Later I fell into a depressive hole, which made it impossible for me to continue growling and producing until I discovered techno, went to more techno raves and got obsessed with this kind of music and started teaching myself producing techno seriously.
4. What’s the next event you’ll be playing at?
A live stream at the end of the month by T-Records, a label from a friend from here. I’m very excited to play in a stream but sadly that is the only booking I recieved lately.
5. How popular are novice DJs? Is it difficult to find a job?
I wouldn’t say that popular. It may not sound positive or fair but I often think that, because it’s very unlikely to get popular until you get the chance to convince influential artists, promoters or groups of your genre to prove your skills and getting them supporting you somehow or collaborate with you, which definitely let your popularity grow.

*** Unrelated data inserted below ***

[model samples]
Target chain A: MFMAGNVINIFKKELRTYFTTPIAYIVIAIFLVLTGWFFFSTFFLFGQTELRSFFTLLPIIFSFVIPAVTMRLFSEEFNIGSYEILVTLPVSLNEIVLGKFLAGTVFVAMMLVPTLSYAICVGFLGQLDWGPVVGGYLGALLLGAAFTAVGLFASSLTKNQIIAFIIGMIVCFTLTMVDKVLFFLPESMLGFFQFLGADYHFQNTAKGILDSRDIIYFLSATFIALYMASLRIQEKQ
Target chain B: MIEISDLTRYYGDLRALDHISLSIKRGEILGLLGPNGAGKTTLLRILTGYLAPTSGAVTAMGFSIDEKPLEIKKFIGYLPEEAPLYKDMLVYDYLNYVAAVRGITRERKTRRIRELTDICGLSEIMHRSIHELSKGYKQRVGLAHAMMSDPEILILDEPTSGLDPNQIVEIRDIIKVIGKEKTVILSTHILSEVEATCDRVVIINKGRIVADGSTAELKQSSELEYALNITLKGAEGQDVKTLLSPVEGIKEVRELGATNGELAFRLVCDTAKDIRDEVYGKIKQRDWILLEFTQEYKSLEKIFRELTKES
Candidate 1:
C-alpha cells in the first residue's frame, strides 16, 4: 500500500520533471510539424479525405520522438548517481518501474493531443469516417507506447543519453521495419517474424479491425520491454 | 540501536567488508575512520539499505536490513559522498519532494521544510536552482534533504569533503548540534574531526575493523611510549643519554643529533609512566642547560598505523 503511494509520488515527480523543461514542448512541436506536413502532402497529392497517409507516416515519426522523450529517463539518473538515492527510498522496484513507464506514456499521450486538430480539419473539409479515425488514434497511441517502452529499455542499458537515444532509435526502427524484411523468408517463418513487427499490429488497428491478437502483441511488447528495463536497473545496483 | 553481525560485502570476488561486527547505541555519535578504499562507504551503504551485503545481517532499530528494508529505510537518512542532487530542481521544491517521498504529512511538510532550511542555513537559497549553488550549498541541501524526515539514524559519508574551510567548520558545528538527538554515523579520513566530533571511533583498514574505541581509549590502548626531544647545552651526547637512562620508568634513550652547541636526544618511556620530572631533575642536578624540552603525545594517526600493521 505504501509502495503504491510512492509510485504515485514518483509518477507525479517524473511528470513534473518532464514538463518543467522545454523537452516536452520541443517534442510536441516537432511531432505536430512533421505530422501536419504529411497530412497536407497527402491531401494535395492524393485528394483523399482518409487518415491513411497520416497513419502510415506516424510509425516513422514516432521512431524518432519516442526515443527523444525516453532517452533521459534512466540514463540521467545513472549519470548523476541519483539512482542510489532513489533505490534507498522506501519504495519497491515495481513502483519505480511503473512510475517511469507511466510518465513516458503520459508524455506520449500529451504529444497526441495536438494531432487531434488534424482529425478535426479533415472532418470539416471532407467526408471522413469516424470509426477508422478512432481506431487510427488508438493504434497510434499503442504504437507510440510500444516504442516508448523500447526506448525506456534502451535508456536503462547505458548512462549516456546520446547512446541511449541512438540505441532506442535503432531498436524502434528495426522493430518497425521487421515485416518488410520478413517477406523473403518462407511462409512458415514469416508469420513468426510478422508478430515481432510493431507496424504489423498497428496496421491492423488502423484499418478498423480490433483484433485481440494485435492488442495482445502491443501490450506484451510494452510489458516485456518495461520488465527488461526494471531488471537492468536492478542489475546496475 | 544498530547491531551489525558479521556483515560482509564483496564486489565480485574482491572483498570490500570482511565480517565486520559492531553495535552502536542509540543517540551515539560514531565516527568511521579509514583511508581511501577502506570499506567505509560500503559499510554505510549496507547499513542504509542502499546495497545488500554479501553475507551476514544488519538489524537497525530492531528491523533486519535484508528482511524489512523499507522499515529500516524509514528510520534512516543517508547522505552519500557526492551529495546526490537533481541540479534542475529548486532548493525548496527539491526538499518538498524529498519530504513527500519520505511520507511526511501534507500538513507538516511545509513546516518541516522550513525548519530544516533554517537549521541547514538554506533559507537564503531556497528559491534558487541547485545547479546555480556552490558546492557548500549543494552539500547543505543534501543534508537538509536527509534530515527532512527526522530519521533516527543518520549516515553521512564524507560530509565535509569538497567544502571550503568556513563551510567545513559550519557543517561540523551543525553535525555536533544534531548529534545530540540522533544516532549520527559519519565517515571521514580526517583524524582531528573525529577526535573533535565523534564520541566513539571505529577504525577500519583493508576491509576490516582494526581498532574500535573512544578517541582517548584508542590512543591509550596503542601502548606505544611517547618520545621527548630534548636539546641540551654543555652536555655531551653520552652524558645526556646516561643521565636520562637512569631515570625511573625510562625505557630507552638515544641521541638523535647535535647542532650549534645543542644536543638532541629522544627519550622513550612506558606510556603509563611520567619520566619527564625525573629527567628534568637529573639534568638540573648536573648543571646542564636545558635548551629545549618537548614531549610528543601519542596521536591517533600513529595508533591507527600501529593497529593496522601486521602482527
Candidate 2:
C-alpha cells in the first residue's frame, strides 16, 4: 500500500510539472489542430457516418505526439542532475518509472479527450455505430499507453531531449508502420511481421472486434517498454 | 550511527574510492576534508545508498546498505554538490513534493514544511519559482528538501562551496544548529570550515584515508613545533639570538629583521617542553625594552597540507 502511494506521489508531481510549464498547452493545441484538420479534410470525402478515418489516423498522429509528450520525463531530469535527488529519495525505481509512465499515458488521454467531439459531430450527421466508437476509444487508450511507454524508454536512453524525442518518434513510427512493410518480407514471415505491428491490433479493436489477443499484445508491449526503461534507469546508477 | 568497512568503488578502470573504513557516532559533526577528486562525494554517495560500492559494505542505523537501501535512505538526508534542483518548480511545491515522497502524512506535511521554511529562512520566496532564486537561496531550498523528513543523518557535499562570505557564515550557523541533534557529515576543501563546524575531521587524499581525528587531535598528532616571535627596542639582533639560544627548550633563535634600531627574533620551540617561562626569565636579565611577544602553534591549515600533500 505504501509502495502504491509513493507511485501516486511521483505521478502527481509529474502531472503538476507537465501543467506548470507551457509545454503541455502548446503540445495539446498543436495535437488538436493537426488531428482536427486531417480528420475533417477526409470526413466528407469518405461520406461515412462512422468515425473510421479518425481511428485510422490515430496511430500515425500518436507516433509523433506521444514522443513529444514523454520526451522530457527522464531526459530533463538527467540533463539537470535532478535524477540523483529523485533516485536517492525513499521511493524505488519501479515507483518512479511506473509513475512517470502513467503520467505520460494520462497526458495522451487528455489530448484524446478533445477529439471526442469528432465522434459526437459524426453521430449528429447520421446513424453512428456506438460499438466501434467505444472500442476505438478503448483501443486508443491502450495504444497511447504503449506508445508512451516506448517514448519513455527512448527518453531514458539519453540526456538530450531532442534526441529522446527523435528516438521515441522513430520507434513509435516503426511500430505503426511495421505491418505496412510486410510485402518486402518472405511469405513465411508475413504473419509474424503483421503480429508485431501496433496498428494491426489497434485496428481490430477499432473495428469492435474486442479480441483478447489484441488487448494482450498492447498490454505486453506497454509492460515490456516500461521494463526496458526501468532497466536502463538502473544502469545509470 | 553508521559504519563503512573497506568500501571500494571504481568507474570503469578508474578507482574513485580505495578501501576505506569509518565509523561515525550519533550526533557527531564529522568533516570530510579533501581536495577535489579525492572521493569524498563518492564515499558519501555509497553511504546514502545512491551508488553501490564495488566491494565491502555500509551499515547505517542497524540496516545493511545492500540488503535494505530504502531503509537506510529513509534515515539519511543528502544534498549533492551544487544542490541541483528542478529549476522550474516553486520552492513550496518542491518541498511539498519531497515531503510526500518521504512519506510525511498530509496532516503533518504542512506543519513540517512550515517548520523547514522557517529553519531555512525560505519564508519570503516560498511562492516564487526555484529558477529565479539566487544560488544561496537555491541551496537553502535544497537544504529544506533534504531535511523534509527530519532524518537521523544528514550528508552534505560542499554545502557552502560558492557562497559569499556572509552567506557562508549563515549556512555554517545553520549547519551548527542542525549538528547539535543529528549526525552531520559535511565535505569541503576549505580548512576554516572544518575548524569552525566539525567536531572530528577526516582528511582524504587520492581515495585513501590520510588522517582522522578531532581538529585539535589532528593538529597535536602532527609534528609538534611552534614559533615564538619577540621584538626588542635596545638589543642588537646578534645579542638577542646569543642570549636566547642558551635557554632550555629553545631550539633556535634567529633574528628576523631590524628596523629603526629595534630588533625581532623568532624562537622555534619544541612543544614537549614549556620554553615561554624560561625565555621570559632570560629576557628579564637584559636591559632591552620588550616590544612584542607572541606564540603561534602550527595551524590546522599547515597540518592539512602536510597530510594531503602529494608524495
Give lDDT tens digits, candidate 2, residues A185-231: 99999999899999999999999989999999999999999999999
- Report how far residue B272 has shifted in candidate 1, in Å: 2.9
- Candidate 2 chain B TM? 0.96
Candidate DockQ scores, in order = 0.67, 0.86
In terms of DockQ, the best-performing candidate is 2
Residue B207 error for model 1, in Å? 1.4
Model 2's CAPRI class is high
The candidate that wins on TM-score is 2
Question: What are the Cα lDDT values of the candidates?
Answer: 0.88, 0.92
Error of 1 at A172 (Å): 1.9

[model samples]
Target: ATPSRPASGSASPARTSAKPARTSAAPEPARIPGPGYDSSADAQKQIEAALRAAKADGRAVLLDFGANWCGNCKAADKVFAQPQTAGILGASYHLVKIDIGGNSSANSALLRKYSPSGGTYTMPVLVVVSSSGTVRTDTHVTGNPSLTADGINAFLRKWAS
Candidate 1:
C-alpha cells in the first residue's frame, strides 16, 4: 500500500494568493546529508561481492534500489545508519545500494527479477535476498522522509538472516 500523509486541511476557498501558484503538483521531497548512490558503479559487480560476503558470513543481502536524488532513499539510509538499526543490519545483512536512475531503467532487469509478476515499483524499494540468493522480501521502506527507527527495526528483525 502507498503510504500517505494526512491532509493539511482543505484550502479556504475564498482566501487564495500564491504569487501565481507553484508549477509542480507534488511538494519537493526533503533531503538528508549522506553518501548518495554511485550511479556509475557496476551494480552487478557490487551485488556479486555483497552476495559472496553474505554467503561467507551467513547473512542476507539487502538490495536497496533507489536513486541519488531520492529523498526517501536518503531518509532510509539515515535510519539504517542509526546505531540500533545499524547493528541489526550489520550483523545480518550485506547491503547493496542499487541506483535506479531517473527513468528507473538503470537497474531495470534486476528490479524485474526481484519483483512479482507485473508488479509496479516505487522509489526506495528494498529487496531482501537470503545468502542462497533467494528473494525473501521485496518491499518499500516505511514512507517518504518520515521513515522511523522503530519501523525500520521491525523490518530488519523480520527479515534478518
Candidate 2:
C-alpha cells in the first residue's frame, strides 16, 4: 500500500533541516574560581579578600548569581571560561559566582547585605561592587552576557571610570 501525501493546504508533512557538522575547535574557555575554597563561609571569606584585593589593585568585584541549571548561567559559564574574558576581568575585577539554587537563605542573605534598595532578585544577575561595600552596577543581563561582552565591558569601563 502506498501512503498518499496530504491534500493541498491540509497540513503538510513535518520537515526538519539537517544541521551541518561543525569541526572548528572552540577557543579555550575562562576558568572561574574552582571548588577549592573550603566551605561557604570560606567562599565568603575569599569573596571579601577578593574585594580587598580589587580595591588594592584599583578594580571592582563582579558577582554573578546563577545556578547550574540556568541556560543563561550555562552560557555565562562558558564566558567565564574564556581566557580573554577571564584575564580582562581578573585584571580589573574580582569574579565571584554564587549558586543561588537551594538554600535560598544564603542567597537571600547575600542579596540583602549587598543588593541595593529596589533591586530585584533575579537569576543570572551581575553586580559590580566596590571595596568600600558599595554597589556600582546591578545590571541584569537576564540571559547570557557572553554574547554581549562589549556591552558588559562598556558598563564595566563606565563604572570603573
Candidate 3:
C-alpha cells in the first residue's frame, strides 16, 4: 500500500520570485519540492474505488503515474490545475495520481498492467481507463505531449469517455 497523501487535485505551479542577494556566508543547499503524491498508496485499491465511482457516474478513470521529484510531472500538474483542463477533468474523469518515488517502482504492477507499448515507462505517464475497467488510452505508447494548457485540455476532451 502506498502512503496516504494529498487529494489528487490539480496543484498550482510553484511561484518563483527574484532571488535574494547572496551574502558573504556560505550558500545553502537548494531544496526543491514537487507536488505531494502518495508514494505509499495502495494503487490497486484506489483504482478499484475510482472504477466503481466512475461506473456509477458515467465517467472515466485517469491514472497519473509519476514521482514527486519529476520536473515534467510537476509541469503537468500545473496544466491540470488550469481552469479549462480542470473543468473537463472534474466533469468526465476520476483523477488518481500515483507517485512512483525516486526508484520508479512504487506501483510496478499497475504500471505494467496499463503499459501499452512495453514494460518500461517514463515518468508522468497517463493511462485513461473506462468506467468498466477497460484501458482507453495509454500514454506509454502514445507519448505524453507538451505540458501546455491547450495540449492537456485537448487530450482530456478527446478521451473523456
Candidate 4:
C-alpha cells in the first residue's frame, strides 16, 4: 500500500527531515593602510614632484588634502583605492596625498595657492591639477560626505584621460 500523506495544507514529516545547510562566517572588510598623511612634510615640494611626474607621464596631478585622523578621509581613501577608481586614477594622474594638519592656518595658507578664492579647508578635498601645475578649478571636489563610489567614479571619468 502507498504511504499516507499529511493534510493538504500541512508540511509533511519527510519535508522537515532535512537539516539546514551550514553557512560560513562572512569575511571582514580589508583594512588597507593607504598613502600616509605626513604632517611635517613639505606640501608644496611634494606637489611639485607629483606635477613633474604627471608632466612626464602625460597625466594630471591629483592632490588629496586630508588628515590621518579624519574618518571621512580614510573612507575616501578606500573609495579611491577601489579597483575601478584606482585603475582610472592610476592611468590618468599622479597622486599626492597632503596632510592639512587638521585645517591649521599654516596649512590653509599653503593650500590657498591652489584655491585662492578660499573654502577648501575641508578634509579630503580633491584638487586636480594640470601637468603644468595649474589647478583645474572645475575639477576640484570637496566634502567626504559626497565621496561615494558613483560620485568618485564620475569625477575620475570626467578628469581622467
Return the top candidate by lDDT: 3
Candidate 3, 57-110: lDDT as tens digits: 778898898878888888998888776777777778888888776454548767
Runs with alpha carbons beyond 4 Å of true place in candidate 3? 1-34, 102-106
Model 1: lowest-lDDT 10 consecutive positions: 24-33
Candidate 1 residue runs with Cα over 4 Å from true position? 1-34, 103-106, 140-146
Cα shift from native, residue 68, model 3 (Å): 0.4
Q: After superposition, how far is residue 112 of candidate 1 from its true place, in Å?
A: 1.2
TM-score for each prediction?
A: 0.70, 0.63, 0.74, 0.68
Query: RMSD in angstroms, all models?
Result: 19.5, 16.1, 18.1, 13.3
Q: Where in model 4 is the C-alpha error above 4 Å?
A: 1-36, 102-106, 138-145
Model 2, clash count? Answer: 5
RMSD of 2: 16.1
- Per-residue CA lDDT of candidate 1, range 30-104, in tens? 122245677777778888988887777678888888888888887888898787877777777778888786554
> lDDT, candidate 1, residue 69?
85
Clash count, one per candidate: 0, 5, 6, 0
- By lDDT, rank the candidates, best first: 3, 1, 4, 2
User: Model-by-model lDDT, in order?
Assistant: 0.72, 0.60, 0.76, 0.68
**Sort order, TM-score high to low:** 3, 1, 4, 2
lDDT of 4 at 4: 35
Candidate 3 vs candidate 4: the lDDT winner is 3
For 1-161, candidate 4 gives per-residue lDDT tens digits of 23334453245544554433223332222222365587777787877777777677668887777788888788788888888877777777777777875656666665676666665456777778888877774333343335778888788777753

I can’t imagine, that you can only let the music speak for itself anymore to reach this.
You need supporters, popular or people more influential the yourself.
6. Does a DJ need a Manager, a promoter, or it`s better manage on by own, what do you feel?
I‘d say that it depends on the artist. Some are doing well in managing and promoting and others don’t. Especially if you are a big artist and every free time you get is for yourself or producing, then you should definitely have one. I am a person, who isn’t the greatest in self-managing and quite bad in promoting myself or establishing networks, so I think I would need both, since I‘m doing it myself, which worked barely at the beginning but gets better.